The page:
Looking for advice on Product Based Communities


(Alessio Fattorini) #1

I’m looking to connect with Community Professionals of Product Based Communities, especially tech communities (if Open Source would be great!). I’d like to exchange ideas about project management, testing, feedback, features, measurements, reports … what is your role in this case? How do you support the project leader? How do you help your Dev Team? How do you align your community strategy with the product goals?

[I’m honest this is a cross-posting with CMXhub, in case feel free to delete]


(Darren Gough) #2

Not sure if this exactly fits your bill but @christiefidura (who I’m referencing twice in a week!) was EMEA CM for Adobe and might have some ideas


(Christie Fidura) #3

Thanks for the 2nd shoutout this week, @Darren_Gough!

Hi @ale_fattorini, this is a HUGE questions and much too difficult to discuss here in any type of useful way. However, I think the highlights you need to know are that you should:

  • Get your high-level goals and strategic implementation tactics well in place before you consider going this route. And that includes if/then/else risk assessments and procedures.
  • Get your influencers on board long before you consider rolling anything out to the wider community.
  • Introduce gamification slowly - it can be worth it, but it’s a dicey monster to get wrong.
  • Use a database tracking tool to track your progress against your goals and your tactics. Your management will want to see progress and you need to be able to track it on a weekly basis at minimum.
  • Requesting feedback from your community is so very powerful and one of the fundamentals. However, have a system in place for ideas that you don’t take forward. People get annoyed if you never implement their ideas and don’t explain why.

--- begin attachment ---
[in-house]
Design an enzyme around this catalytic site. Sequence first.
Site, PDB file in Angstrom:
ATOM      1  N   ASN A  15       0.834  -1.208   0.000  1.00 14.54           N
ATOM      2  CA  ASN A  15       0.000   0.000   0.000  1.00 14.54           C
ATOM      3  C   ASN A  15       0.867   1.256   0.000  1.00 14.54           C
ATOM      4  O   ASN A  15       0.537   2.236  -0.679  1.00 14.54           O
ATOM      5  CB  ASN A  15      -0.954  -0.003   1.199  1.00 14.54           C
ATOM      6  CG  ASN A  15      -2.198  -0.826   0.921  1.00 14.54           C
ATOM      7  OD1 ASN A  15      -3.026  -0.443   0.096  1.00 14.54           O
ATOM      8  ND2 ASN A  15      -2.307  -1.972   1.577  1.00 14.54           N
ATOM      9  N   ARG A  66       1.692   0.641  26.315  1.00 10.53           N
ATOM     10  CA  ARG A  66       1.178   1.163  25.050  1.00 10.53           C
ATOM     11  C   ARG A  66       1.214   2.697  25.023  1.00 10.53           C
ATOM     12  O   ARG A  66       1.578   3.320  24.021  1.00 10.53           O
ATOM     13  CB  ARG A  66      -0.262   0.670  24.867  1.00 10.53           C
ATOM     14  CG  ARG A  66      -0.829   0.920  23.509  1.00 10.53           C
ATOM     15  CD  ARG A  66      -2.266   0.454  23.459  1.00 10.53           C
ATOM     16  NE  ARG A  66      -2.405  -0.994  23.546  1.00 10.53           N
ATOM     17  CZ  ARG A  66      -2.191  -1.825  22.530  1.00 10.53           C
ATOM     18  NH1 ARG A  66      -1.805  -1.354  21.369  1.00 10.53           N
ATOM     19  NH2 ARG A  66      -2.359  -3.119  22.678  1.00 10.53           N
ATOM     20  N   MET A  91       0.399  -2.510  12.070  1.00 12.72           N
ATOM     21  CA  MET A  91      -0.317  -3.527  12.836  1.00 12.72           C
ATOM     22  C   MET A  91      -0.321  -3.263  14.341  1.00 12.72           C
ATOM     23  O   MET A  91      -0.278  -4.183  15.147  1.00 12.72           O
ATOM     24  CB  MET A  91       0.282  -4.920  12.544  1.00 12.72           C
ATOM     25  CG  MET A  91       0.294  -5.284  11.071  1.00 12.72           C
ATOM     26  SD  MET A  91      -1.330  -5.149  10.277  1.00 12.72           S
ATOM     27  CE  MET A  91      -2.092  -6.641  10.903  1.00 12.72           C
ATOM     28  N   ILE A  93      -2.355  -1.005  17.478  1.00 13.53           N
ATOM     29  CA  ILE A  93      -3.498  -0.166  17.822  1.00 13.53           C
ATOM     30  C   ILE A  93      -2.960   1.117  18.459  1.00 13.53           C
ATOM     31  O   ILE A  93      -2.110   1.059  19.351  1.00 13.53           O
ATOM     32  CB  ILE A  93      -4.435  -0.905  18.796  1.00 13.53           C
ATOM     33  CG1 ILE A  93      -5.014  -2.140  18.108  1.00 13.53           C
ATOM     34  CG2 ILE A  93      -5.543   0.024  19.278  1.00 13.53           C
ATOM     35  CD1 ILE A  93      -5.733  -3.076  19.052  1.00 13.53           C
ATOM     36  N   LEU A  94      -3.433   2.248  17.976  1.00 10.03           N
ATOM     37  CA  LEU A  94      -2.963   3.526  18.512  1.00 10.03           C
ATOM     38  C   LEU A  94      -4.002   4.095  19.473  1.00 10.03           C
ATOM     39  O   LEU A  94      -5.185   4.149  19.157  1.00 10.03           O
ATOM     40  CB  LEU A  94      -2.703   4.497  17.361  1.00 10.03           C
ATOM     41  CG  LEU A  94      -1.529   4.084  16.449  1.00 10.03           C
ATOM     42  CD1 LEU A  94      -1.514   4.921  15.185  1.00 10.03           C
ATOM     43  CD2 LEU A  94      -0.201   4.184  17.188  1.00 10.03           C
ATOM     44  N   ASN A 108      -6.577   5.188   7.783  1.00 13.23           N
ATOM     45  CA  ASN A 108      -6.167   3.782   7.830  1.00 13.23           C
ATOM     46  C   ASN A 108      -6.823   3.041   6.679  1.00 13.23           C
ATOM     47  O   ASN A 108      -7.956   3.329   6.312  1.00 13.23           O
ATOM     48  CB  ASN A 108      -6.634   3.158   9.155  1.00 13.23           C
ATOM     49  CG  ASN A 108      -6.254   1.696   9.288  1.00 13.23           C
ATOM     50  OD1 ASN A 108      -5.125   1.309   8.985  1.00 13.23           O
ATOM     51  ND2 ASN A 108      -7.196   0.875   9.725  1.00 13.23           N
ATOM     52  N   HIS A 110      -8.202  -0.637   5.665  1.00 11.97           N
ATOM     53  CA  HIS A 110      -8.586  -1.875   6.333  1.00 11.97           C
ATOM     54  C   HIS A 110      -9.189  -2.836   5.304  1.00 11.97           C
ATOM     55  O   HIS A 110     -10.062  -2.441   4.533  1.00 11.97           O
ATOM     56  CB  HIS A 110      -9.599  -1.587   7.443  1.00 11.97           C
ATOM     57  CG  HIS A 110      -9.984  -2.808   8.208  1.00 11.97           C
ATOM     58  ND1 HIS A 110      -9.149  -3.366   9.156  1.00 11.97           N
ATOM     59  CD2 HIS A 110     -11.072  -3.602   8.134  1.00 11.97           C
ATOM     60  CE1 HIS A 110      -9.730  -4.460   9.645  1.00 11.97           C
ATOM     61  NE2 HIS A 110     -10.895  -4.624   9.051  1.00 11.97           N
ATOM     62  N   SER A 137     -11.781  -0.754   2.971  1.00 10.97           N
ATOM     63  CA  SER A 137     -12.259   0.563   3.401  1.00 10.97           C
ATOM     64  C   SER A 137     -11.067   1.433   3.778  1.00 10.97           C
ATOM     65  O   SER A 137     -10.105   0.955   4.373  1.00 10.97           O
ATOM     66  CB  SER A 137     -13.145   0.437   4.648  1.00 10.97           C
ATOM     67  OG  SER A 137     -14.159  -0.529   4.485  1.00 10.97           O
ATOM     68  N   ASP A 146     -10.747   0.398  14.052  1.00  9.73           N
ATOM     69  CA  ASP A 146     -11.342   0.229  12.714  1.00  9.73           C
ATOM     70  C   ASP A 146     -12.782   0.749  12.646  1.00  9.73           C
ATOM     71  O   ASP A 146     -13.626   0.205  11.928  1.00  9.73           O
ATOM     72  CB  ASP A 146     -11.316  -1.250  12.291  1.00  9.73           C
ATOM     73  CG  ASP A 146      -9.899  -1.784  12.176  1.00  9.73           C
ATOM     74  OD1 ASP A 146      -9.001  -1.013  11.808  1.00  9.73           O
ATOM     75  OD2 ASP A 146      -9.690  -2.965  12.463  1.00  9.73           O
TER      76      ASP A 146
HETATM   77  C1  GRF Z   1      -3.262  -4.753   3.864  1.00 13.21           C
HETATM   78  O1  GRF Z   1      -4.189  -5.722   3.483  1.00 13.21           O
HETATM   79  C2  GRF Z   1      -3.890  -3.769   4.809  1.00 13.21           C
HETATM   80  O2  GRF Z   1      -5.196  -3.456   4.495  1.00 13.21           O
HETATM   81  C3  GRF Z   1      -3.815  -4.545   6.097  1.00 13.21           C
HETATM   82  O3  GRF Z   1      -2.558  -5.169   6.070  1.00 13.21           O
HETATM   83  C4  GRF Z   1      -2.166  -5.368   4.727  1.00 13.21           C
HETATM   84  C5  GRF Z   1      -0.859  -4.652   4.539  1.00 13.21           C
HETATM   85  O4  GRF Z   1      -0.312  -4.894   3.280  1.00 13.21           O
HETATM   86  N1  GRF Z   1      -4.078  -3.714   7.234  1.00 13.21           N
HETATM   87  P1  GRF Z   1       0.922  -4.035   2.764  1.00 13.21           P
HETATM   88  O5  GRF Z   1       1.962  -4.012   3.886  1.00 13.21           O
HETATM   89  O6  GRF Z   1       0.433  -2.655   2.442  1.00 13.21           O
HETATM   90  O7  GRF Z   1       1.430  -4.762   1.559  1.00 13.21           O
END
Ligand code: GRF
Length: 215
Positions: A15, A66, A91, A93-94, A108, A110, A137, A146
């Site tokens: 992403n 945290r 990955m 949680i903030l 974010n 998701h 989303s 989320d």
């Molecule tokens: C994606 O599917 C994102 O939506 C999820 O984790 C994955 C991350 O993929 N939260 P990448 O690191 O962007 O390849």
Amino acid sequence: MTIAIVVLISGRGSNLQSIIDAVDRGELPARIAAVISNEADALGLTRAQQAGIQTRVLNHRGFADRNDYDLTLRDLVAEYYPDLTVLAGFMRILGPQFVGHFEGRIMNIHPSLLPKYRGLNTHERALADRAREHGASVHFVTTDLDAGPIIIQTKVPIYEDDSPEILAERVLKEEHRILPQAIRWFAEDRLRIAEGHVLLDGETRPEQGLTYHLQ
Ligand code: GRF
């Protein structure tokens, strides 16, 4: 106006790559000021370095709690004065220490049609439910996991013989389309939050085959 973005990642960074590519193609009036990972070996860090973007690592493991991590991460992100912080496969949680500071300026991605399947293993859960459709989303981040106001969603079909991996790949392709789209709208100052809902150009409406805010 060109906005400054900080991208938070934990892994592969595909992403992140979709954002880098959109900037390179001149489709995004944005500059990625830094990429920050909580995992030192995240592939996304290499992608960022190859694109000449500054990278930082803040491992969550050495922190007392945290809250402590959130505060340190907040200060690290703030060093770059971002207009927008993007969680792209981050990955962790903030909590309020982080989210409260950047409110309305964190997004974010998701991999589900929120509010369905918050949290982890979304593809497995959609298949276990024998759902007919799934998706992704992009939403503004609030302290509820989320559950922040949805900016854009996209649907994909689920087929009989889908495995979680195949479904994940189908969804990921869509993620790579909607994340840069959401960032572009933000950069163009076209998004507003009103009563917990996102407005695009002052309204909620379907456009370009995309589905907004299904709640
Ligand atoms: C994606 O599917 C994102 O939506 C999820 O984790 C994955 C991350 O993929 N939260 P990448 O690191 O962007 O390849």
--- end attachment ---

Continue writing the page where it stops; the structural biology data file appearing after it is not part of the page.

Your role in this instance is to be The Middle Man. You are the voice of the community, and you answer to the community but you’re also working for the Exec Team. Never forget who pays your paycheck, no matter how much you love the community. It’s easy to get confused, which is why goal setting is so important.

Your project leader is the most important person because he may try to push things through that the community aren’t ready for - you need to have a very strong relationship with him and hopefully he will agree to let you set the pace or at least the tone.

Dev team needs to be on board fully with this idea. Explain how working with the community will help prioritise product design and feature implementation better than anything else. Tell the Harley-Davidson story.

Your single purpose should be to align the community with the product goals, not the other way around. Remember the paycheck advice.

Hope this helps!
Christie @cfidurauk


(Sarah Hawk) #4

[quote=“ale_fattorini, post:1, topic:3678”]
I’m looking to connect with Community Professionals of Product Based Communities, especially tech communities
[/quote] People that spring to mind are @Alexandra_Anna_Bowen (DreamFactory), @Kristinaking (Jama), @carlasofia (outsystems), @Bas_van_Leeuwen (ex-Hippo) and @andymci (GoDaddy),


(Nick Emmett) #5

Our Community here at FinancialForce is very much product led, in terms of customers looking for tips, solutions and advice about using our products. Our product teams are very much engaged in terms of going out to our community members for volunteers to test prototype versions, feedback on UX and road map etc. We also have an Ideas board where community members can submit their ideas for features/enhancements to our product team. There’s elements of all of this that we’re good at, and elements that we’re not very good at - but we’re learning all the time and improving (hopefully). I know our product teams and the community members that have participated both greatly value the interaction and collaboration.


(Alessio Fattorini) #6

Hi Cristie,
those are terrific suggestions! I love the H-D story and your paychek advice :wink: I learned recently what the business alignement is worth


(Laura McCullum) #7

HI @ale_fattorini !

I currently help manage Mimecast’s community. It a support community, but has an idea center and user groups to get quick feedback from the customers and use that feedback to improve their product. https://community.mimecast.com They also have a great Knowledge Base area for documentation and a very active Community Forum for questions and conversations. With over 18,000 users, it is a very active community.

I agree with @christiefidura - her highlights are spot on. Make sure your community objectives match back to your business values and needs. Start simple and as you gain feedback from your members, grow upon their needs and the business needs.

Also, make sure you have an active Community Manager and a team to support them for moderating questions, ideas, etc. A product / support community needs a lot of TLC, so make sure you have a team to support it and evolve it as it grows.